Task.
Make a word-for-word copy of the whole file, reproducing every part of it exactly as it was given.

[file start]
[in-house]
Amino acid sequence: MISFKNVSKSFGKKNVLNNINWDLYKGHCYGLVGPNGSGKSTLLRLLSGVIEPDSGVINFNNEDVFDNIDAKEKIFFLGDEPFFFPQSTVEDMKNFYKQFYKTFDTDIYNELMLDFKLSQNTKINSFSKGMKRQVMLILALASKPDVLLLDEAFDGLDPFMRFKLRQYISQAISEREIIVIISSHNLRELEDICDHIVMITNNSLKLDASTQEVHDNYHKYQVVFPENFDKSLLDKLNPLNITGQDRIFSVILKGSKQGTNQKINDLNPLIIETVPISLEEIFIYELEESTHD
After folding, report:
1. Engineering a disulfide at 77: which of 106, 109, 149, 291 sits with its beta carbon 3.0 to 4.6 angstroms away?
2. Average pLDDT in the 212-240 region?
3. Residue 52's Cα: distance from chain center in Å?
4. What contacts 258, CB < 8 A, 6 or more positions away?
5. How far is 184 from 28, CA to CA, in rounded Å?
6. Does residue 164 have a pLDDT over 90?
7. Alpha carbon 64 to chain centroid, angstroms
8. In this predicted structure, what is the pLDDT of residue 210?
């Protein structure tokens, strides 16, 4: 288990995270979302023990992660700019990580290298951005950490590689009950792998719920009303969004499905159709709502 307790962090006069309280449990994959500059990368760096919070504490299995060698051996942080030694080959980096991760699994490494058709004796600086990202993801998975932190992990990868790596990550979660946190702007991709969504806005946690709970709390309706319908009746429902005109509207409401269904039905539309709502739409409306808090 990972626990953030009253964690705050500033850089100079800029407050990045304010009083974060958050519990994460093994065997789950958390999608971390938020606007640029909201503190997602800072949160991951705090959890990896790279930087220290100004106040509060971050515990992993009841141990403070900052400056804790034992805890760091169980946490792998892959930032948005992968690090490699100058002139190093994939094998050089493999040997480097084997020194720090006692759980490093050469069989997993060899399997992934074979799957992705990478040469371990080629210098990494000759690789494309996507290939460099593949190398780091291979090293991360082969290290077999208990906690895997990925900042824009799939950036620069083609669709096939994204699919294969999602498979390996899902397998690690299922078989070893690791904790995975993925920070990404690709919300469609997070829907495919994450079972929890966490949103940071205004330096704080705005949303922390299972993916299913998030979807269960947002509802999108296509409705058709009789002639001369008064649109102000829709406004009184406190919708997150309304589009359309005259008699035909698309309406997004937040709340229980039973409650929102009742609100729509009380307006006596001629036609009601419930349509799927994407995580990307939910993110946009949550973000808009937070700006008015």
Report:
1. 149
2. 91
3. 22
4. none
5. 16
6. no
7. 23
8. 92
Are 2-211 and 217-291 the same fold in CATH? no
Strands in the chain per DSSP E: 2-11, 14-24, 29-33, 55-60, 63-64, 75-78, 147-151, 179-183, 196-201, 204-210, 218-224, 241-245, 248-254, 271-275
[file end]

[in-house]
Amino acid sequence: MISFKNVSKSFGKKNVLNNINWDLYKGHCYGLVGPNGSGKSTLLRLLSGVIEPDSGVINFNNEDVFDNIDAKEKIFFLGDEPFFFPQSTVEDMKNFYKQFYKTFDTDIYNELMLDFKLSQNTKINSFSKGMKRQVMLILALASKPDVLLLDEAFDGLDPFMRFKLRQYISQAISEREIIVIISSHNLRELEDICDHIVMITNNSLKLDASTQEVHDNYHKYQVVFPENFDKSLLDKLNPLNITGQDRIFSVILKGSKQGTNQKINDLNPLIIETVPISLEEIFIYELEESTHD
After folding, report:
1. Engineering a disulfide at 77: which of 106, 109, 149, 291 sits with its beta carbon 3.0 to 4.6 angstroms away?
2. Average pLDDT in the 212-240 region?
3. Residue 52's Cα: distance from chain center in Å?
4. What contacts 258, CB < 8 A, 6 or more positions away?
5. How far is 184 from 28, CA to CA, in rounded Å?
6. Does residue 164 have a pLDDT over 90?
7. Alpha carbon 64 to chain centroid, angstroms
8. In this predicted structure, what is the pLDDT of residue 210?
């Protein structure tokens, strides 16, 4: 288990995270979302023990992660700019990580290298951005950490590689009950792998719920009303969004499905159709709502 307790962090006069309280449990994959500059990368760096919070504490299995060698051996942080030694080959980096991760699994490494058709004796600086990202993801998975932190992990990868790596990550979660946190702007991709969504806005946690709970709390309706319908009746429902005109509207409401269904039905539309709502739409409306808090 990972626990953030009253964690705050500033850089100079800029407050990045304010009083974060958050519990994460093994065997789950958390999608971390938020606007640029909201503190997602800072949160991951705090959890990896790279930087220290100004106040509060971050515990992993009841141990403070900052400056804790034992805890760091169980946490792998892959930032948005992968690090490699100058002139190093994939094998050089493999040997480097084997020194720090006692759980490093050469069989997993060899399997992934074979799957992705990478040469371990080629210098990494000759690789494309996507290939460099593949190398780091291979090293991360082969290290077999208990906690895997990925900042824009799939950036620069083609669709096939994204699919294969999602498979390996899902397998690690299922078989070893690791904790995975993925920070990404690709919300469609997070829907495919994450079972929890966490949103940071205004330096704080705005949303922390299972993916299913998030979807269960947002509802999108296509409705058709009789002639001369008064649109102000829709406004009184406190919708997150309304589009359309005259008699035909698309309406997004937040709340229980039973409650929102009742609100729509009380307006006596001629036609009601419930349509799927994407995580990307939910993110946009949550973000808009937070700006008015």
Report:
1. 149
2. 91
3. 22
4. none
5. 16
6. no
7. 23
8. 92
Are 2-211 and 217-291 the same fold in CATH? no
Strands in the chain per DSSP E: 2-11, 14-24, 29-33, 55-60, 63-64, 75-78, 147-151, 179-183, 196-201, 204-210, 218-224, 241-245, 248-254, 271-275